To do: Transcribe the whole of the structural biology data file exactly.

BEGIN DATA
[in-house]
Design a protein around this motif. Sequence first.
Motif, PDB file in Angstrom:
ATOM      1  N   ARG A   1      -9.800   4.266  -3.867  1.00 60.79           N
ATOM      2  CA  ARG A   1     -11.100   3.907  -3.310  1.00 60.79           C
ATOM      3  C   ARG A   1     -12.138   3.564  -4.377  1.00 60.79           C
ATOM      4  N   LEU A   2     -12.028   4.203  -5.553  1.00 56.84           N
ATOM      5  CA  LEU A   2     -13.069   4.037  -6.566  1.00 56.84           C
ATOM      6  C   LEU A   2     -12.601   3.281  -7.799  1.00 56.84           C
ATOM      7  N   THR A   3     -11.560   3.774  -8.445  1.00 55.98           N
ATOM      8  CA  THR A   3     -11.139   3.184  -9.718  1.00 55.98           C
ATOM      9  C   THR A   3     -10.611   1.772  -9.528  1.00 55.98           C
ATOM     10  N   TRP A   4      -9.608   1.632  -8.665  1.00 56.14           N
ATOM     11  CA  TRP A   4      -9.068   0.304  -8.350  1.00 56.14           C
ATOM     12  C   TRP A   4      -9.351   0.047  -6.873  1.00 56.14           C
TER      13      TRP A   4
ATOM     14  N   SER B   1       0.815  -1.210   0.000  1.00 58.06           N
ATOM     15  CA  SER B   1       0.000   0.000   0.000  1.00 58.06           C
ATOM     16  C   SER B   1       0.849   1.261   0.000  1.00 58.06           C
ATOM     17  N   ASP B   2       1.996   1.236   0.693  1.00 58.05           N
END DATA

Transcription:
[in-house]
Design a protein around this motif. Sequence first.
Motif, PDB file in Angstrom:
ATOM      1  N   ARG A   1      -9.800   4.266  -3.867  1.00 60.79           N
ATOM      2  CA  ARG A   1     -11.100   3.907  -3.310  1.00 60.79           C
ATOM      3  C   ARG A   1     -12.138   3.564  -4.377  1.00 60.79           C
ATOM      4  N   LEU A   2     -12.028   4.203  -5.553  1.00 56.84           N
ATOM      5  CA  LEU A   2     -13.069   4.037  -6.566  1.00 56.84           C
ATOM      6  C   LEU A   2     -12.601   3.281  -7.799  1.00 56.84           C
ATOM      7  N   THR A   3     -11.560   3.774  -8.445  1.00 55.98           N
ATOM      8  CA  THR A   3     -11.139   3.184  -9.718  1.00 55.98           C
ATOM      9  C   THR A   3     -10.611   1.772  -9.528  1.00 55.98           C
ATOM     10  N   TRP A   4      -9.608   1.632  -8.665  1.00 56.14           N
ATOM     11  CA  TRP A   4      -9.068   0.304  -8.350  1.00 56.14           C
ATOM     12  C   TRP A   4      -9.351   0.047  -6.873  1.00 56.14           C
TER      13      TRP A   4
ATOM     14  N   SER B   1       0.815  -1.210   0.000  1.00 58.06           N
ATOM     15  CA  SER B   1       0.000   0.000   0.000  1.00 58.06           C
ATOM     16  C   SER B   1       0.849   1.261   0.000  1.00 58.06           C
ATOM     17  N   ASP B   2       1.996   1.236   0.693  1.00 58.05           N